On February 11, a broad coalition of internet-involved organizations will go online to protest massive electronic surveillance by various governments. The action hopes to repeat the successful beating of SOPA/PIPA bills in 2012.
The protest was announced on the anniversary of Aaron Swartz’s suicide and is dedicated to his memory. The software engineer and online freedom activist took his life in 2013 amid prosecution over alleged illegal downloading of a large number of academic journal articles, the charges which could have landed him in jail for up to 35 years.
“If Aaron were alive, he’d be on the front lines, fighting against a world in which governments observe, collect, and analyze our every digital action,” the protest coordination website said.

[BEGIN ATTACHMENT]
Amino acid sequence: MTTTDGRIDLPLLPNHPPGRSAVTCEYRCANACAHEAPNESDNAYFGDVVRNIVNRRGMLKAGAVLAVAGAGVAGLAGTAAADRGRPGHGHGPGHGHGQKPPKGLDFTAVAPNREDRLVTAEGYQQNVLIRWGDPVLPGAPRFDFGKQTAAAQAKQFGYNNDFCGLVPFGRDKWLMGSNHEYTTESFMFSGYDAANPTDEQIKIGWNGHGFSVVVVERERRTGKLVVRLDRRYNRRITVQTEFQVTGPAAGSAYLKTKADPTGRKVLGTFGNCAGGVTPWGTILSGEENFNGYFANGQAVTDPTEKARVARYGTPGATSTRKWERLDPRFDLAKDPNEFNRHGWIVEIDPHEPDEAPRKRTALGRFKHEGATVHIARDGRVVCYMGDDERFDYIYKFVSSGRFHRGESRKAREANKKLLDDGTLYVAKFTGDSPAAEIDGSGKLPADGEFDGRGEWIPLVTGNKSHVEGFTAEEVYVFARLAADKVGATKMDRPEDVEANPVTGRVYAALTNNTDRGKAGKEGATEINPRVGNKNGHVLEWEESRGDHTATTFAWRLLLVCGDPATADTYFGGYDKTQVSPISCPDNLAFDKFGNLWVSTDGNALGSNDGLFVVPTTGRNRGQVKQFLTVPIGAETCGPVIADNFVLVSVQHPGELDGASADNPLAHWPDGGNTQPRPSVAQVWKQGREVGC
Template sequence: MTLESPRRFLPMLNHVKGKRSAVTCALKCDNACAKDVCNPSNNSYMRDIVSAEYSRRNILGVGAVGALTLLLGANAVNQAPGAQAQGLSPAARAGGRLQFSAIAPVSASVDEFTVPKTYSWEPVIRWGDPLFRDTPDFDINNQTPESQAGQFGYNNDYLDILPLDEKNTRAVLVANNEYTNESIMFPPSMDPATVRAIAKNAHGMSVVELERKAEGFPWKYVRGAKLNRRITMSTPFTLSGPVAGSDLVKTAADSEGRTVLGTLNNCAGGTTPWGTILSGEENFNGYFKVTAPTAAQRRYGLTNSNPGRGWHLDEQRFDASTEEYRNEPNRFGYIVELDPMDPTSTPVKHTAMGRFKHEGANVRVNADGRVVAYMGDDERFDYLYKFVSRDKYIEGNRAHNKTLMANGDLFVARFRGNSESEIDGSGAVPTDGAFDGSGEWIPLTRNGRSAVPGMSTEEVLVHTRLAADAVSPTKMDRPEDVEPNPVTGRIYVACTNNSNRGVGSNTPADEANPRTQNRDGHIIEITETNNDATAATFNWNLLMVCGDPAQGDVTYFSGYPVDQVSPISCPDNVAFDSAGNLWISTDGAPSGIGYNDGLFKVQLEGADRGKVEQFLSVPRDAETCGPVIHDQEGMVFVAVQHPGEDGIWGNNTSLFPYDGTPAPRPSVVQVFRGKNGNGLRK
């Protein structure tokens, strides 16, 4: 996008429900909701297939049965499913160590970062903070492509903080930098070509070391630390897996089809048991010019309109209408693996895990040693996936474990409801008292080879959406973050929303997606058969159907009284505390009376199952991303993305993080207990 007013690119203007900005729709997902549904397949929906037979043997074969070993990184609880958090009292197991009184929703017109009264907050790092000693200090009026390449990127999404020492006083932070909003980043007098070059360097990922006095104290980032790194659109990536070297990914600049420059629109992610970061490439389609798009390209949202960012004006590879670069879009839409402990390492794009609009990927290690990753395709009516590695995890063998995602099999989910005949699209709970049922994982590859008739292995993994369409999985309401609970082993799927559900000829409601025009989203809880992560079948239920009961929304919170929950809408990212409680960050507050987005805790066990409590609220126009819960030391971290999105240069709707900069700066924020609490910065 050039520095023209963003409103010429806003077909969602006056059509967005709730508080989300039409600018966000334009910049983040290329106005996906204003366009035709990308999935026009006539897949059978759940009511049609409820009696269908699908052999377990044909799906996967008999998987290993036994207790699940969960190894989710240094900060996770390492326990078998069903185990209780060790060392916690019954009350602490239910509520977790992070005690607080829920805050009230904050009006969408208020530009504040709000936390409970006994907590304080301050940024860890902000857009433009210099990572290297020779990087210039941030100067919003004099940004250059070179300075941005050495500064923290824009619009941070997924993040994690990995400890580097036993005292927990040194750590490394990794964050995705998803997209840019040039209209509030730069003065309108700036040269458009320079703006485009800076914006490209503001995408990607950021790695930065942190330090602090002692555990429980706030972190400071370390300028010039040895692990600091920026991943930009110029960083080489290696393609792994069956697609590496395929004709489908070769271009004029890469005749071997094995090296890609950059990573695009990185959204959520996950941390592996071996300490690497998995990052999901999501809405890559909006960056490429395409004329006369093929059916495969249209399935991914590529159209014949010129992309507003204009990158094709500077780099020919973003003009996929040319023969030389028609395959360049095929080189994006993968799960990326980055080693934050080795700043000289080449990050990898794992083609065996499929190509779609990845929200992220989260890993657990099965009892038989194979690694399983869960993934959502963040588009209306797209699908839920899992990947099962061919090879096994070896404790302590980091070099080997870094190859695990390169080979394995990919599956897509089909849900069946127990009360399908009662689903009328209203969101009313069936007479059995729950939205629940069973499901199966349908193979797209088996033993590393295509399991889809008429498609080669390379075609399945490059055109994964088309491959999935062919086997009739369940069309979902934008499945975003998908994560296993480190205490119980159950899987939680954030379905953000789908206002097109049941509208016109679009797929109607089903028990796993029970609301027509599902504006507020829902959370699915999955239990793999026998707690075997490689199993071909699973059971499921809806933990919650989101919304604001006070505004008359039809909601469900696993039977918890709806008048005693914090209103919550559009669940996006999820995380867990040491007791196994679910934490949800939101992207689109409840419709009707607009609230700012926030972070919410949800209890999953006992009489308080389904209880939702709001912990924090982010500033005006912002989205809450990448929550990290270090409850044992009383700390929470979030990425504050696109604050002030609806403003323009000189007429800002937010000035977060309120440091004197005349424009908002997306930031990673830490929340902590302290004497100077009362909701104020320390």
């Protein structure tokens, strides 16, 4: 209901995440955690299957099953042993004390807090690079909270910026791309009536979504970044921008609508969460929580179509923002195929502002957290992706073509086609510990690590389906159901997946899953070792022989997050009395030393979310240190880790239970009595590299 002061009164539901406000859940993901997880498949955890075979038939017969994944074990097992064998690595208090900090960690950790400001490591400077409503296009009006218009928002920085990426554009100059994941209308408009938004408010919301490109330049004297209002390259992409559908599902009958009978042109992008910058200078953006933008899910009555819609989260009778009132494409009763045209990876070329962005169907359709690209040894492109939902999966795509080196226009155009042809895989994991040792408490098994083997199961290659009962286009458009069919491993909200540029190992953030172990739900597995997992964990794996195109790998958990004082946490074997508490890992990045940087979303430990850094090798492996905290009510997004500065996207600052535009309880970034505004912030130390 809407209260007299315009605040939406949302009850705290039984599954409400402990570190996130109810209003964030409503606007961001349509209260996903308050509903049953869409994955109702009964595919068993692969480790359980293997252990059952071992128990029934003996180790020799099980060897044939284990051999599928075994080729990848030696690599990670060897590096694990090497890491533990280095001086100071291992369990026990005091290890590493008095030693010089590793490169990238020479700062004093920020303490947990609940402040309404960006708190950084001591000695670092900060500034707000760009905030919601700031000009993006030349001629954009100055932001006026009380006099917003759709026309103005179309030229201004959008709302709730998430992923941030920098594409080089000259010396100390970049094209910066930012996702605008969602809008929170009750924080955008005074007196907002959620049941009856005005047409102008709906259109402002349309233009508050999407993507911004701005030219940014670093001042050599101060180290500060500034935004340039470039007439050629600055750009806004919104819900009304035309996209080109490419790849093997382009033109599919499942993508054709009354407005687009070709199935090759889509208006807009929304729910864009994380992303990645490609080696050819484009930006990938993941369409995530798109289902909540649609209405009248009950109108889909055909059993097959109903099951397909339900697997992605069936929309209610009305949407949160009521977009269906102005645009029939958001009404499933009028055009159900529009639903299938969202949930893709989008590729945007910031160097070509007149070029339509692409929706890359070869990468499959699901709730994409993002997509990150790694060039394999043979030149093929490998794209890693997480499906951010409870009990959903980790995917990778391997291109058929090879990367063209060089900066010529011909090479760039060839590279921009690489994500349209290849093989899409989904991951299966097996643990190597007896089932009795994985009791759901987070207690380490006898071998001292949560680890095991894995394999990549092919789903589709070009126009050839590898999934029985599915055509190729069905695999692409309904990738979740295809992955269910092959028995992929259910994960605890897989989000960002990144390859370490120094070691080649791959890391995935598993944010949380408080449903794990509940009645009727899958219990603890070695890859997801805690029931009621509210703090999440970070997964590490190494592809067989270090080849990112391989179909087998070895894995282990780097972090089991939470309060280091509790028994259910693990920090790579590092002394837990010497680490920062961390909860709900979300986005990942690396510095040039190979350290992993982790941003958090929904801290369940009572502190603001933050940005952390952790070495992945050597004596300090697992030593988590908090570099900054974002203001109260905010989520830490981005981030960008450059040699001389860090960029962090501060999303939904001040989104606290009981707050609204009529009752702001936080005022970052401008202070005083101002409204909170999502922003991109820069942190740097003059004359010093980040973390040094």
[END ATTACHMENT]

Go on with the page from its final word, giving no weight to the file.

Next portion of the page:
Similar to the SOPA/PIPA protest in 2012, the new day of action will aim at raising public awareness of government online surveillance and pressuring US lawmakers to act against it. Thousands of participating websites will host banners calling on Americans to bombard members of Congress with email and phone calls. And all concerned Internet users will be asked to participate in other ways.
Screenshot from thedaywefightback.org
WHAT WE’LL DO ON FEBRUARY 11th:
If you’re in the US: Thousands of websites will host banners urging people to call/email Congress. Plans may change, but we intend to ask legislators to oppose the FISA Improvements Act, support the USA Freedom Act, and enact protections for non-Americans.
If you’re not in the US: Visitors will be asked to urge appropriate targets to institute privacy protections.